There are a few reasons for this. Primarily, microblading a relatively traumatic form of tattooing as far as your skin is concerned. Instead of gently perforating color in, the microblade tears the skin, leaving a bigger wound which is harder to heal, and often times deeper than manual tattooing, as well. Lips and eyelids are simply too delicate to treat so harshly. The microblading technique would put lips and eyeliner at too high a risk for scarring, and poor pigment retention. As for body tattoos, using a manual tattooing method like Stick-n-Poke is simply inefficient, and while some people offer it, it's generally something you see as a cultural practice, or in somebody's kitchen. Cut-and-rub tattooing simply doesn't retain the pigment well enough to be used for body tattooing.
A high quality tattoo machine is the ideal tool to apply any kind of tattoo, permanent makeup or otherwise, because the technology offers so many benefits to clients and artists alike. As we have mentioned, the electronically propelled needle makes the process quicker and more intuitive than tattooing by hand, but more importantly, the machine is fully adjustable. You can customize it to every unique skin type you meet. The machine has settings for the speed of color implantation, the strength of the punctures, and stroke depth, or how far the needle moves each time it is propelled back and forth. These options allow us to customize our approach and work optimally on each and every individual we work with.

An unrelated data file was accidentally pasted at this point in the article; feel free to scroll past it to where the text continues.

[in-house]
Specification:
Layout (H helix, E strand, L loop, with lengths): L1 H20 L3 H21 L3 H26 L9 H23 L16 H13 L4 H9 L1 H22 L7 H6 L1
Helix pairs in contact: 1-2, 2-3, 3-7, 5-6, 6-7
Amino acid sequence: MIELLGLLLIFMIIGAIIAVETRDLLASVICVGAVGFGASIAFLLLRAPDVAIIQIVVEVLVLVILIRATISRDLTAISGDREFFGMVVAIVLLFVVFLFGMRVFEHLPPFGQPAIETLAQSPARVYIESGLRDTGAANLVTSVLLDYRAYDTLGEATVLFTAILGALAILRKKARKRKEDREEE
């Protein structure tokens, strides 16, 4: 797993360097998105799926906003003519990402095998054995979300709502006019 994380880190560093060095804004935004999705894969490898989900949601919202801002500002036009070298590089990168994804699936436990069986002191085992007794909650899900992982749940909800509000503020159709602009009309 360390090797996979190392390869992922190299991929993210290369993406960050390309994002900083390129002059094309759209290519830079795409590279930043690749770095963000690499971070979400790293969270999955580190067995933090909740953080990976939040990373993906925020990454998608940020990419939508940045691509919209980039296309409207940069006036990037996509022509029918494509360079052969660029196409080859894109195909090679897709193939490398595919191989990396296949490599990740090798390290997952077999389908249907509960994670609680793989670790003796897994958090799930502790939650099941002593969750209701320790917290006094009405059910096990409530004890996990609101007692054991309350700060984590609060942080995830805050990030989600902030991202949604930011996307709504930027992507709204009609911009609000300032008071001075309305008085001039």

For example, skin types that are tougher, thicker and oilier, often require more intense machine settings in order to get the job done. A longer stroke depth helps to ensure that the pigment is implanted in the proper layer of skin that is thicker than ordinary. A higher power setting ensures that each stroke is strong enough to penetrate the skin on folks who have tough, sun damaged skin. A higher speed setting helps to implant more color with each stroke so that we can reduce the need for multiple passes, which can result in unnecessary trauma and inflammation.
On the flip side, we can adjust our machine settings for more delicate skin types, like dry, thin or aging skin, or the delicate skin of the lips or eyelids. A shorter stroke depth and lower power setting help us to stay gentle on thin or aging skin types, while a slower machine speed can help us avoid implanting too much color in dry skin types, which tend to absorb pigment much more easily than normal to oily skin types. The assistance of the small motor helps us to implant the pigment as quickly and efficiently as possible, while minimizing unnecessary damage along the way. This, along with skill and experience, can help to reduce the risk of pain during application, the need for a follow up, and scarring.